Union leaders shouldn’t make excuses for racism

The Brexit referendum result showed that there is large scale racism in British society writes Andy Stowe. It affects both the Labour Party and the unions. There’s the infamous “controls on immigration – I’m voting Labour” mug and former leader Gordon Brown’s line about “British jobs for British workers”. Restrictions on free movement of European Union citizens into Britain have been a theme of sections of the mercifully small pro-Brexit left.

Len McCluskey, leader of Unite, a union with 1.2 million members, has pre-empted the Tories by arguing that Labour needs to appeal to racist voters. He didn’t quite put it that way. In an interview he said: “it’s wrong in my view to have any greater free movement of labour unless you get stricter labour market regulation.”

He then went on to offer an explanation of the reasons people voted for Brexit:

“The other reason was migrant labour coming to the UK from Europe. If you don’t understand those concerns you fail to grasp the divisions that exist.”

When McCluskey and left Brexiteers use phrases like “influx of cheap labour” to refer to EU citizens they should pause to reflect on the failure of the union movement to organise these workers rather than make them the problem.

And bang on cue the very next morning home secretary Priti Patel took up McCluskey’s theme saying that a Tory government will “reduce immigration overall” by placing strict limits on the number of low-skilled migrants allowed into Britain after Brexit.”

Not content with being happy to ride in the slipstream of Farage and Johnson, he asks Labour MPs to do the same:

“I am calling on some members of the shadow cabinet who are passionate remainers that they shouldn’t declare now which way they will campaign.”

He knows that the vast majority of Labour Party members, virtually all the MPs and most voters oppose Brexit. The demonstrations calling for a second referendum have been some of the largest displays of public opinion in decades. McCluskey wants to cede leadership of this movement to the yellow Tory Lib Dems. That is strategic folly.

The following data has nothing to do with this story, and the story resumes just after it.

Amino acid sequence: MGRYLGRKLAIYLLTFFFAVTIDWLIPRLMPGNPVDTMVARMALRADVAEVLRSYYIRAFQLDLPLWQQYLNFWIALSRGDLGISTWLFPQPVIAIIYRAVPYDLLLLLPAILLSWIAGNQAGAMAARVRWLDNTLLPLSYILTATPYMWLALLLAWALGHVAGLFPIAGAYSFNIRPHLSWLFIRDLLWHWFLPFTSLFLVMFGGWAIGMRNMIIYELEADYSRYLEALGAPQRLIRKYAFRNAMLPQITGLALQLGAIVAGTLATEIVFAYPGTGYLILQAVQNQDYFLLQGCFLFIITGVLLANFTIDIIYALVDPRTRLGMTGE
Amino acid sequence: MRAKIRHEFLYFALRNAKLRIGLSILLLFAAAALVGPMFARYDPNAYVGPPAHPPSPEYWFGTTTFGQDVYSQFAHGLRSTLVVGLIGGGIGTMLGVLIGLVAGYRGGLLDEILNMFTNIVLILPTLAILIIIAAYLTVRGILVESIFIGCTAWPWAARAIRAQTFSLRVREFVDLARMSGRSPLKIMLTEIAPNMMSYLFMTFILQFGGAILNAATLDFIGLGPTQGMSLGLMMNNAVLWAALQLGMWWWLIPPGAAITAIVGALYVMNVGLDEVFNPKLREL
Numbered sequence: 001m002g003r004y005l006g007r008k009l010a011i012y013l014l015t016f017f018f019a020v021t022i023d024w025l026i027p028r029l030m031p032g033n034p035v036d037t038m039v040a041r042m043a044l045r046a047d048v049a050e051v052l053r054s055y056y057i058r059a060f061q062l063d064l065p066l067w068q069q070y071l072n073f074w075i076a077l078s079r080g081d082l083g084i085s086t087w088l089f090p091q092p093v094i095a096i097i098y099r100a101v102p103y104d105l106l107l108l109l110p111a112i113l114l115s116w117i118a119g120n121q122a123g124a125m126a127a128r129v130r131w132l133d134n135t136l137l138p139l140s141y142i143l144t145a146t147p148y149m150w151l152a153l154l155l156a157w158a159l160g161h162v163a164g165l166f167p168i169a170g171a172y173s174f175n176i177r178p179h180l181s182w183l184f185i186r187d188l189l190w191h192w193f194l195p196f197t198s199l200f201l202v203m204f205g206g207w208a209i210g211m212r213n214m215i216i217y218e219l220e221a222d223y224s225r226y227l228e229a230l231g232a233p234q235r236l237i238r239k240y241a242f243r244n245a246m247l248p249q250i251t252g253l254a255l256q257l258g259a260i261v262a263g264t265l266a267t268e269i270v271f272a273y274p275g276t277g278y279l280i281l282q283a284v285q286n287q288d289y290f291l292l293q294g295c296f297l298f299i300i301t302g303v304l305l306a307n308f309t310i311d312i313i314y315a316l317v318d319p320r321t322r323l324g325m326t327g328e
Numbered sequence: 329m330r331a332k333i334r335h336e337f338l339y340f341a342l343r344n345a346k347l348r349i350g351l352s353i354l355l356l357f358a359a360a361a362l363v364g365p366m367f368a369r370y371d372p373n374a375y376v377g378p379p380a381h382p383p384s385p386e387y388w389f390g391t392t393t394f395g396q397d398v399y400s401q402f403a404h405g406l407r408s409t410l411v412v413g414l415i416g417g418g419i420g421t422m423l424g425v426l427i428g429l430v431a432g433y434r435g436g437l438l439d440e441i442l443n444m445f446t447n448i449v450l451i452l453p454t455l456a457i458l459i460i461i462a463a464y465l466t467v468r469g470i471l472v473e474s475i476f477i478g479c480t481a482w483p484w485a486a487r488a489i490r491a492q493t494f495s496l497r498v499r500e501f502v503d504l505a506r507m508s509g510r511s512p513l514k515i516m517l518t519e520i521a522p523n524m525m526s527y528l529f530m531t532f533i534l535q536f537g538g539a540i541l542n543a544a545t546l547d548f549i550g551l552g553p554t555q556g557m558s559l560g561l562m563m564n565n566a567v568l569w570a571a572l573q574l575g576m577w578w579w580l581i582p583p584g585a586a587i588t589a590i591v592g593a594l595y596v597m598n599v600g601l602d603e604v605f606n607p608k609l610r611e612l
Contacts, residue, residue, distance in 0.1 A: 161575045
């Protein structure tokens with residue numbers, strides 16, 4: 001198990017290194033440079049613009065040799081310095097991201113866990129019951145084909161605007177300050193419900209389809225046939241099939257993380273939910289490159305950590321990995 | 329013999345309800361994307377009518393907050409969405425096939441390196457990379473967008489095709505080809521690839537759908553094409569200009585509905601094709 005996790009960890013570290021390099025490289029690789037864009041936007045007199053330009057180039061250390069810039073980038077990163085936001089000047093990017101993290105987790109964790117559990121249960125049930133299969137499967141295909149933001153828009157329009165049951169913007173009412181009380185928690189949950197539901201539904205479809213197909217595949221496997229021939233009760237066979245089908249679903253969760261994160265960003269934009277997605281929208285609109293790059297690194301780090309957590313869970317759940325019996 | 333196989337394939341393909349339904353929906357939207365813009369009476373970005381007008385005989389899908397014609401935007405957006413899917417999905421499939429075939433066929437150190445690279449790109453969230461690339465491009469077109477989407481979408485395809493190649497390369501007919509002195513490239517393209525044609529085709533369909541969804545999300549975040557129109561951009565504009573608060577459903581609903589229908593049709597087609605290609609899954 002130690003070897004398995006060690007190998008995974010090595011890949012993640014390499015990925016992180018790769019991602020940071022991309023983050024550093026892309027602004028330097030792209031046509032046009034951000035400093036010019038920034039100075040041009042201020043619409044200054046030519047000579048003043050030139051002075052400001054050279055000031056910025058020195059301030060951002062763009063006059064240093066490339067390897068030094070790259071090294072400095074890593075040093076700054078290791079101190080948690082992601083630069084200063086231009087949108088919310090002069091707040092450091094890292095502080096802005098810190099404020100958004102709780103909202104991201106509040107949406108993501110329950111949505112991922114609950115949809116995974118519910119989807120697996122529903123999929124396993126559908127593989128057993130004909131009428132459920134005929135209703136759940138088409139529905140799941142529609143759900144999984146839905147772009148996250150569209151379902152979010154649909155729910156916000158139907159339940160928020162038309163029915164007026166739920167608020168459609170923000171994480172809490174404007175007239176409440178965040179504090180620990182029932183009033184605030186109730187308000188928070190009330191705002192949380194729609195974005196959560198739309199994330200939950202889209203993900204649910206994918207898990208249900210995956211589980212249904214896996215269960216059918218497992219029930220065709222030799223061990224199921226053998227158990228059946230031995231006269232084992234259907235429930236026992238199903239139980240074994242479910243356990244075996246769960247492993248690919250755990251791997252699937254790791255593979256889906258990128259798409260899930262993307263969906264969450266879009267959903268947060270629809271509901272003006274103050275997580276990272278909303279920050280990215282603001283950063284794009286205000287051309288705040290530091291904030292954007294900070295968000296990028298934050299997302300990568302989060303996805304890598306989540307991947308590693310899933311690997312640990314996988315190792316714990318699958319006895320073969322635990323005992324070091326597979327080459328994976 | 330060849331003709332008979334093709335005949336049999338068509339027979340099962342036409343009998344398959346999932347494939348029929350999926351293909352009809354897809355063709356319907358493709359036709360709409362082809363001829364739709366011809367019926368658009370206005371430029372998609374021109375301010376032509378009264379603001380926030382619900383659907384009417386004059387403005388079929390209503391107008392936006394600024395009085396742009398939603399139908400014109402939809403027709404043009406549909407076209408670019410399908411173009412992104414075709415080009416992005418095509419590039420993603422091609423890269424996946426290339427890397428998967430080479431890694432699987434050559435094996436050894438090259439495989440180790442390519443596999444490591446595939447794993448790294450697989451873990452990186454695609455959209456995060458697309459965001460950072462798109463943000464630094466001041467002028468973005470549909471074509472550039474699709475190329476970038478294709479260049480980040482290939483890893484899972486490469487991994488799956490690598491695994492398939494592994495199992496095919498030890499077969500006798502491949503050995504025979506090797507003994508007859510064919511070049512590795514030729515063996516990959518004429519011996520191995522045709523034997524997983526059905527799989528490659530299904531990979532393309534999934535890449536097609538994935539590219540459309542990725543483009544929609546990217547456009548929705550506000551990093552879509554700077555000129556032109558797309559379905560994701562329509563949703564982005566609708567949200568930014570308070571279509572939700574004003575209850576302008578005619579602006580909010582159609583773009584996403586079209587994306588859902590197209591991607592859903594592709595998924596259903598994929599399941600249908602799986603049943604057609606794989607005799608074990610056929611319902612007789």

McCluskey is essentially arguing that the 3 million EU citizens who live in Britain are interlopers and not really part of the British working class. For a general secretary who is perceived as being on the left of the union movement this is an appalling failure of leadership and a surrender to the worst racist traditions of the British working class. He should be demanding that they be allowed to vote in the upcoming election and a future referendum. He should be using his position to challenge the prejudices found amongst some of his members and the wider electorate.

Alena Ivanova speaking for Labour Campaign for Free Movement reminded McCluskey of the basic principle of class solidarity:

“A Romanian care worker and a British bus driver have more in common with each other than they do with their boss. That is the basis of the trade union movement. Len MCluskey’s job is to fight for their full rights, for decent pay and the right not to bedeported and harassed by the state because of their immigration status.”

The pro-Corbyn, internationalist left has to push back hard against McCluskey’s surrender to British nationalist prejudice. That’s a game only the far right ever wins.

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